CD $15

 

UR9953.CoverA_Flat_for CDB

MATT LAVELLE / JOHN PIETARO – Harmolodic Monk (Unseen Rain; USA)

In the work of both Ornette Coleman and Thelonious Monk, the dichotomy of ancient, pre-western approaches and extreme modernism live side-by-side so comfortably that one mistakes one for the other. Like the story that Ornette told of performing in a psychiatric hospital; once he started playing and looked out into the audience he couldn’t distinguish between the doctors and the patients.
Bela Bartok believed that new music must have deep roots in folk music, music of the earth, chthonic in that sense. Besides virtuosity as servant to meaningful expression, communication and sensitive interplay, what Matt Lavelle and John Pietaro reveal to us through this many-layered concept of uncovering new secrets in Monk’s compositions via the Harmolodic highway is their profound understanding that the root of all this is the Blues.
Ornette’s view of the Blues, like his late friend Buckminster Fullers view of the world, is multi-dimensional, here imbued with both Monk’s and Ornette’s focus on personal expression. Matt and John provide an extended view into myriad musical possibilities when Harmolodic Monk is in the hands of two improvisational masters. (from the liner notes by Jack DeSalvo)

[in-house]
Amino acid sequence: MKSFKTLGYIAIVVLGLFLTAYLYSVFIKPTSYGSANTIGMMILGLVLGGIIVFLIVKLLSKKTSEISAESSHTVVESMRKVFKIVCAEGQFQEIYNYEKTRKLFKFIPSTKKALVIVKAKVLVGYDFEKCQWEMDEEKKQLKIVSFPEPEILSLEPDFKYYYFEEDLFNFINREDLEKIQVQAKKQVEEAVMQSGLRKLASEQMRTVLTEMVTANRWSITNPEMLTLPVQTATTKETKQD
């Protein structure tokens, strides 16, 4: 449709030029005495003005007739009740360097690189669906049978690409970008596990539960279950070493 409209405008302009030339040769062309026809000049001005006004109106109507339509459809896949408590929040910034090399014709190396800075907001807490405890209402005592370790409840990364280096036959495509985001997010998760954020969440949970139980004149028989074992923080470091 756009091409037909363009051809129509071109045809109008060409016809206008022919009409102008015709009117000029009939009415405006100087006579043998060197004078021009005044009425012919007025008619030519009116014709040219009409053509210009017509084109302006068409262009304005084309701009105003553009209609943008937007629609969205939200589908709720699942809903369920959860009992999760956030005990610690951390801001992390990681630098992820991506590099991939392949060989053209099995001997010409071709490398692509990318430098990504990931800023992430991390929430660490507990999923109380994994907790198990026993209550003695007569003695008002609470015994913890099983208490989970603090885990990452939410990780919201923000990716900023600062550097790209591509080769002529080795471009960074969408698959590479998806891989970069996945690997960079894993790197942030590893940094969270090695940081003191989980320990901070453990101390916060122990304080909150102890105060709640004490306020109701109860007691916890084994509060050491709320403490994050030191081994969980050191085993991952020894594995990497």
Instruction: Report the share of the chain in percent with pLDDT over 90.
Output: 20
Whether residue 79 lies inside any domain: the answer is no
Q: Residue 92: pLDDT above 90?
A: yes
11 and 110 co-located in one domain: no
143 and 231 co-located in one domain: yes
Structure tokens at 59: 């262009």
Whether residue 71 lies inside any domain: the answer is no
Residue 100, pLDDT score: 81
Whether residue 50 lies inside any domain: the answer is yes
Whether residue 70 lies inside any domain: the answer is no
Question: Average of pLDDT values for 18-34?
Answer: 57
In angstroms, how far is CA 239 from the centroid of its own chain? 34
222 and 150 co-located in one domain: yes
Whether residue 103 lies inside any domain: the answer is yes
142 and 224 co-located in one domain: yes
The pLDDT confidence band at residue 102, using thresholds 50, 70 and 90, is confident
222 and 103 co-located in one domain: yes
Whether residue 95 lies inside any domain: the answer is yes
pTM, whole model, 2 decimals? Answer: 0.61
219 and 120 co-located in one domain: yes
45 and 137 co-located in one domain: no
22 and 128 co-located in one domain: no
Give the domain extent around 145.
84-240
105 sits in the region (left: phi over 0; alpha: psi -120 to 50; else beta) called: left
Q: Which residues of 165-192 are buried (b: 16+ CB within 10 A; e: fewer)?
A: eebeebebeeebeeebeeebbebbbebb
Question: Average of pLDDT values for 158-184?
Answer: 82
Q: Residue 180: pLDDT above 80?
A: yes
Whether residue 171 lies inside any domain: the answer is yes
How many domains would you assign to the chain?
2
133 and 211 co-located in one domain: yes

CD $15

Matt Lavelle (trumpet, cornet, flugelhorn, pocket trumpet, alto clarinet Jack DeSalvo (mandola, cello, guitars) Tom Cabrera (bodhrán, tar, riq, doumbek, bass drum, percussion)
Matt Lavelle (trumpet, cornet, flugelhorn, pocket trumpet, alto clarinet
Jack DeSalvo (mandola, cello, guitars)
Tom Cabrera (bodhrán, tar, riq, doumbek, bass drum, percussion)

SUMARI [MATT LAVELLE/JACK DeSALVO/TOM CABRERA] – Sumari (Unseen Rain; USA) Sumari features Matt Lavelle on trumpets, cornet, flugelhorn & alto clarinet, Jack DeSalvo on guitar, cello & mandola and Tom Cabrera on dumbeq, rik, frame drums & percussion.

No doubt you know Downtown ace trumpet & alto clarinetist Matt Lavelle from dozens of recordings and sessions. Guitarist Jack DeSalvo you might recognize from his work Ronald Shannon Jackson, Herb Robertson and Chris Kelsey’s Electric Miles Project. Mr. DeSalvo produced this disc and runs the Unseen Rain Records label. Percussionist Tom Cabrera is a new name for me.
Stripped down, acoustic and warmly recorded, this is a fine, relaxed trio. Mr. DeSalvo starts off on cello, often plucking out bass lines as the trio quietly soars together. Mr. Lavelle has a solemn, enchanting tone on alto clarinet. The trio plays with somber grace taking their time and letting the ghosts slowly dance together, as if nothing else mattered. There is something precious, rather quaint going on here. A subtle elegance which is soothing, thoughtful, like a cool breeze rustling the leaves in the Fall. Towards the end, the trio does erupt, cast off their chains and dance quickly amongst the ruins of modern civilization. The ancient spirits are slowly being revealed. – Bruce Lee Gallanter, DMG